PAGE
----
More or less, it operates as the regional sports network for San Diego County, but does offer public interest programming, as the network's model resembles that of Denver's Altitude Sports and Entertainment channel. 4SD also airs local programming, informercials or older TV series when there is no sports programming to air.

Early usage

The channel was launched by Cox Communications as an outlet used as an experiment during the 1996 Republican Convention, as well as providing around-the-clock coverage for the Super Bowl festivities at Qualcomm Stadium in 1998 and 2003.

San Diego Padres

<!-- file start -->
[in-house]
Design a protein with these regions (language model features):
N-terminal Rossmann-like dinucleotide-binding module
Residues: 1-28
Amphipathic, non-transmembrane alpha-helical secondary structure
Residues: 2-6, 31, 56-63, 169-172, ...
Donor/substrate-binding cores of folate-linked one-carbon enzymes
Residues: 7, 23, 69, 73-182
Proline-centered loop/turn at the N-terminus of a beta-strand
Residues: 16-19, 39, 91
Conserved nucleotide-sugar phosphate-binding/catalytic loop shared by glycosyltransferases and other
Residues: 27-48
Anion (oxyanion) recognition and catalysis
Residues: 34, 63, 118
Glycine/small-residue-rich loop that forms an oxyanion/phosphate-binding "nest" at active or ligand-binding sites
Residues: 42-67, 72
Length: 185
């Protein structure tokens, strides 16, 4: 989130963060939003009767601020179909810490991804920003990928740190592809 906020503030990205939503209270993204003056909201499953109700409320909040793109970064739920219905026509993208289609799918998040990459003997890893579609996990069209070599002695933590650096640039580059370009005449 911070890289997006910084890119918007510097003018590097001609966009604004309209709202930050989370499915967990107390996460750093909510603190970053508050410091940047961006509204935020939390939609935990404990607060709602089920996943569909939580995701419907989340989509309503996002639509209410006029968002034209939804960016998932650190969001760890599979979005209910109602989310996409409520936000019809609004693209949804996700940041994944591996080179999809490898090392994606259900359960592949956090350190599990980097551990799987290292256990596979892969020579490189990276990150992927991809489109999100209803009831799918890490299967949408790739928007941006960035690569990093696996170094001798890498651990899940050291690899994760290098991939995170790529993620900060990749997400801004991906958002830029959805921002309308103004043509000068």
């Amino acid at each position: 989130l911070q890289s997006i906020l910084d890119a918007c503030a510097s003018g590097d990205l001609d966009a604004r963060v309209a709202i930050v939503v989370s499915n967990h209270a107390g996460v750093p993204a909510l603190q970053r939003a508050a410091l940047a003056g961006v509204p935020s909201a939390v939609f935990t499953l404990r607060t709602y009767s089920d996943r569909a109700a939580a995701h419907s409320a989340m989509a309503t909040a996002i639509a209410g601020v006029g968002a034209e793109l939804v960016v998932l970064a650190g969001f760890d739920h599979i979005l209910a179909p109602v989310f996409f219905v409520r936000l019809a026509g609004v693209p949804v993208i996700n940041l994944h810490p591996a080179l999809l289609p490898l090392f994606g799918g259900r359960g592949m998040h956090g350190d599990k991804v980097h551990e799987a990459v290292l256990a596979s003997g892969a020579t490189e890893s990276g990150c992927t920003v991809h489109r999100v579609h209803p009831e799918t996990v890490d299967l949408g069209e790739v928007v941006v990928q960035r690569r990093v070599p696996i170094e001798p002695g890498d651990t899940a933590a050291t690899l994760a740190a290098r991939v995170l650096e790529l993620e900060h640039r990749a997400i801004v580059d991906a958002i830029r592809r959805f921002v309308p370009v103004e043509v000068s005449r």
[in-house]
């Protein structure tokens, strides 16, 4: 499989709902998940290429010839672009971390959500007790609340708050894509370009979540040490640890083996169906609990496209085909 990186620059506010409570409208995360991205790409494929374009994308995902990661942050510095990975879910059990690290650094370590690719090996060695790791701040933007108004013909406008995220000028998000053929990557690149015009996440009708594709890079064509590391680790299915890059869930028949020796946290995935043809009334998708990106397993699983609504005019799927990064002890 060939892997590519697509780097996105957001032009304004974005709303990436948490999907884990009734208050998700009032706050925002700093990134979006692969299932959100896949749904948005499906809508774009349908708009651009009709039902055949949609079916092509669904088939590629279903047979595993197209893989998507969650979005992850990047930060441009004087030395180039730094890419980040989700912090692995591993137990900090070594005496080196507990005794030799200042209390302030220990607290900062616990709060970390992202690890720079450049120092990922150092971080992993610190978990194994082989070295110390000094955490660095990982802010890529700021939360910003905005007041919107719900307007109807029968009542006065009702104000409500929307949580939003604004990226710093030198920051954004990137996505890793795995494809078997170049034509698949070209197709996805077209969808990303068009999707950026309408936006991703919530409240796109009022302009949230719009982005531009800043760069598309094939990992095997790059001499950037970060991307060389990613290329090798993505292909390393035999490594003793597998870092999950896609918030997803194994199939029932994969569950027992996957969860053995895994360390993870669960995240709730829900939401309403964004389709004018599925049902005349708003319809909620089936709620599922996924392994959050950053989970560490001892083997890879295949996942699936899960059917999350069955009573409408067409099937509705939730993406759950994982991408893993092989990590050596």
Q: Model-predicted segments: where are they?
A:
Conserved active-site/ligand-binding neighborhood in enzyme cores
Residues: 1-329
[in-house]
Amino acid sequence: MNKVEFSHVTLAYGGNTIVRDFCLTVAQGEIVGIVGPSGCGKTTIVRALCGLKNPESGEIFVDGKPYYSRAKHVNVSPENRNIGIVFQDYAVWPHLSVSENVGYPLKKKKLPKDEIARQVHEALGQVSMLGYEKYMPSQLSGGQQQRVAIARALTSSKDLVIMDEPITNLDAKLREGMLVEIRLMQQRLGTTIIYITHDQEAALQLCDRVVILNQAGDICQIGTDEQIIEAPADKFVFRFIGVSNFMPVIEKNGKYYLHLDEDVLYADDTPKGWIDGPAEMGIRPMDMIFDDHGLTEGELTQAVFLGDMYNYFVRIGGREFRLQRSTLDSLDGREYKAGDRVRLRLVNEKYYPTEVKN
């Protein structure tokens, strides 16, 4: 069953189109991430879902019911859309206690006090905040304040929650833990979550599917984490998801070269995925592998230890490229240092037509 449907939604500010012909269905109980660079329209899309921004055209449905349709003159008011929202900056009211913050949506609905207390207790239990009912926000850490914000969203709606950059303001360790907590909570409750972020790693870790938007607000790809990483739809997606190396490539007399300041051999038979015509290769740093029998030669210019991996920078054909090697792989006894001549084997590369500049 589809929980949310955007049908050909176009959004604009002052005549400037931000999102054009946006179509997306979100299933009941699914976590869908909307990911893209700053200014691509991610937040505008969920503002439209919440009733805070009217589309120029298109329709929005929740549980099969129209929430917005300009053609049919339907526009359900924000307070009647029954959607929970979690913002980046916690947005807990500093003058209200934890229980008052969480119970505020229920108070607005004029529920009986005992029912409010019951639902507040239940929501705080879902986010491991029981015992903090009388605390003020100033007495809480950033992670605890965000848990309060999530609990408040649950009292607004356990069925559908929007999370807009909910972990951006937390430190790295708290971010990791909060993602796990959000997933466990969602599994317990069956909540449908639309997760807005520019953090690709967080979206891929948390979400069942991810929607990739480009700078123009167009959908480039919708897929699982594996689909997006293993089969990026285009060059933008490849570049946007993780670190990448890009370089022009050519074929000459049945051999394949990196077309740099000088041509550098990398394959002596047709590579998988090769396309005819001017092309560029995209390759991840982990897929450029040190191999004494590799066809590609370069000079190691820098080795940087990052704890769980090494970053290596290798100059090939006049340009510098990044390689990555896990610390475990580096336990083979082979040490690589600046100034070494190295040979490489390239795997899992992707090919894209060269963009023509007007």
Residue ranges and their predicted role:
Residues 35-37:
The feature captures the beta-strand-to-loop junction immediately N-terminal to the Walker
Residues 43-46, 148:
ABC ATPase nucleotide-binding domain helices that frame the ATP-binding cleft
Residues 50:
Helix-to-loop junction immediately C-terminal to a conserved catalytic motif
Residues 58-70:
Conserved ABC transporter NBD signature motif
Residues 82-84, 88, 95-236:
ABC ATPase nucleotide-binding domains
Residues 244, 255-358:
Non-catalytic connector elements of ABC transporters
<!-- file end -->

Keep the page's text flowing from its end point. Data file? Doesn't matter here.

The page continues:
From 1997-2003, 4SD showed Padres games from Monday-Saturday with Sunday games televised on independent station KUSI. The games on KUSI were produced by 4SD. From 2004-2011, 4SD became the exclusive broadcaster of Padres baseball, with KUSI ceasing carriage of the Padres broadcasts after parts of seventeen seasons. The remaining games that weren't televised on 4SD, ESPN, ESPN2, MLB Network or Fox are not televised back in the Padres television market. The majority of these non-televised games are usually mid-week day games when ratings are typically poor because people are at work or children are at school. However since August 2010, the Padres in conjunction with MLB Advanced Media partnered to show the non televised games for free within the Padres market via mlb.tv for games that did not fall within the Fox Saturday blackout window or the ESPN Sunday Night blackout window . During the time that 4SD owned the Padres broadcast rights, the Cox Communications Las Vegas system simulcasted Padres games on cable channel 96 (known as "COX 96" in Las Vegas). However, COX 96 doesn't have a high definition feed. All other programming on COX 96 is used to televise programming of Las Vegas area government affairs and special events going on in the area and does not follow the Channel 4 San Diego programming schedule.